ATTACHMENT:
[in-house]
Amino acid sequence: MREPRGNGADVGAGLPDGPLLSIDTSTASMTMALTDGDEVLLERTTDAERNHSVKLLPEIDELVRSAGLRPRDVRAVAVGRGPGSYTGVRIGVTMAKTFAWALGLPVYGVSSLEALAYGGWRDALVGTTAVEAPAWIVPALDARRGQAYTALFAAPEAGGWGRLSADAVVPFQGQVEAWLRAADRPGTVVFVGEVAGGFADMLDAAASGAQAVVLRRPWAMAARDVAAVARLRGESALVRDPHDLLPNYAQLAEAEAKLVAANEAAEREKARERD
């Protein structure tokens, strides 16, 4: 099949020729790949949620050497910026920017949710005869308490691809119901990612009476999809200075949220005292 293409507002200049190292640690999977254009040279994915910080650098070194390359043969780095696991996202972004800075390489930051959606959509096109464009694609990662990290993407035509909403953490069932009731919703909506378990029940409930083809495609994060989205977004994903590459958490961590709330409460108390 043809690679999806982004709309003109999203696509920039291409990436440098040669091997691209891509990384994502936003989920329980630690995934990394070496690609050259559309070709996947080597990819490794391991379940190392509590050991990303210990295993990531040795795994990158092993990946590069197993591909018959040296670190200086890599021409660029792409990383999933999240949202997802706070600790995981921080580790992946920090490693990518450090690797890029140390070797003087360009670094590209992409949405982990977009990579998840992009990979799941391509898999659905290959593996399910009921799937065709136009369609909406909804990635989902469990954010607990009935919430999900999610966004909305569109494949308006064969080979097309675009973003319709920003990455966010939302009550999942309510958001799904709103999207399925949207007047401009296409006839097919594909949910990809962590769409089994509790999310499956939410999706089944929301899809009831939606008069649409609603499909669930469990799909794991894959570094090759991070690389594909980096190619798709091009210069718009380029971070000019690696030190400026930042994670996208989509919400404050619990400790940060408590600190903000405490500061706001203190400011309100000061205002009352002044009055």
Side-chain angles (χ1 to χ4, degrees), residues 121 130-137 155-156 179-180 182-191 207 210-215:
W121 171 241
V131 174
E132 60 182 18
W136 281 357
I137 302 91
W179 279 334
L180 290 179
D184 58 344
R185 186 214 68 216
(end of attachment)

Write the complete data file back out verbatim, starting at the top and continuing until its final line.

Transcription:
[in-house]
Amino acid sequence: MREPRGNGADVGAGLPDGPLLSIDTSTASMTMALTDGDEVLLERTTDAERNHSVKLLPEIDELVRSAGLRPRDVRAVAVGRGPGSYTGVRIGVTMAKTFAWALGLPVYGVSSLEALAYGGWRDALVGTTAVEAPAWIVPALDARRGQAYTALFAAPEAGGWGRLSADAVVPFQGQVEAWLRAADRPGTVVFVGEVAGGFADMLDAAASGAQAVVLRRPWAMAARDVAAVARLRGESALVRDPHDLLPNYAQLAEAEAKLVAANEAAEREKARERD
């Protein structure tokens, strides 16, 4: 099949020729790949949620050497910026920017949710005869308490691809119901990612009476999809200075949220005292 293409507002200049190292640690999977254009040279994915910080650098070194390359043969780095696991996202972004800075390489930051959606959509096109464009694609990662990290993407035509909403953490069932009731919703909506378990029940409930083809495609994060989205977004994903590459958490961590709330409460108390 043809690679999806982004709309003109999203696509920039291409990436440098040669091997691209891509990384994502936003989920329980630690995934990394070496690609050259559309070709996947080597990819490794391991379940190392509590050991990303210990295993990531040795795994990158092993990946590069197993591909018959040296670190200086890599021409660029792409990383999933999240949202997802706070600790995981921080580790992946920090490693990518450090690797890029140390070797003087360009670094590209992409949405982990977009990579998840992009990979799941391509898999659905290959593996399910009921799937065709136009369609909406909804990635989902469990954010607990009935919430999900999610966004909305569109494949308006064969080979097309675009973003319709920003990455966010939302009550999942309510958001799904709103999207399925949207007047401009296409006839097919594909949910990809962590769409089994509790999310499956939410999706089944929301899809009831939606008069649409609603499909669930469990799909794991894959570094090759991070690389594909980096190619798709091009210069718009380029971070000019690696030190400026930042994670996208989509919400404050619990400790940060408590600190903000405490500061706001203190400011309100000061205002009352002044009055």
Side-chain angles (χ1 to χ4, degrees), residues 121 130-137 155-156 179-180 182-191 207 210-215:
W121 171 241
V131 174
E132 60 182 18
W136 281 357
I137 302 91
W179 279 334
L180 290 179
D184 58 344
R185 186 214 68 216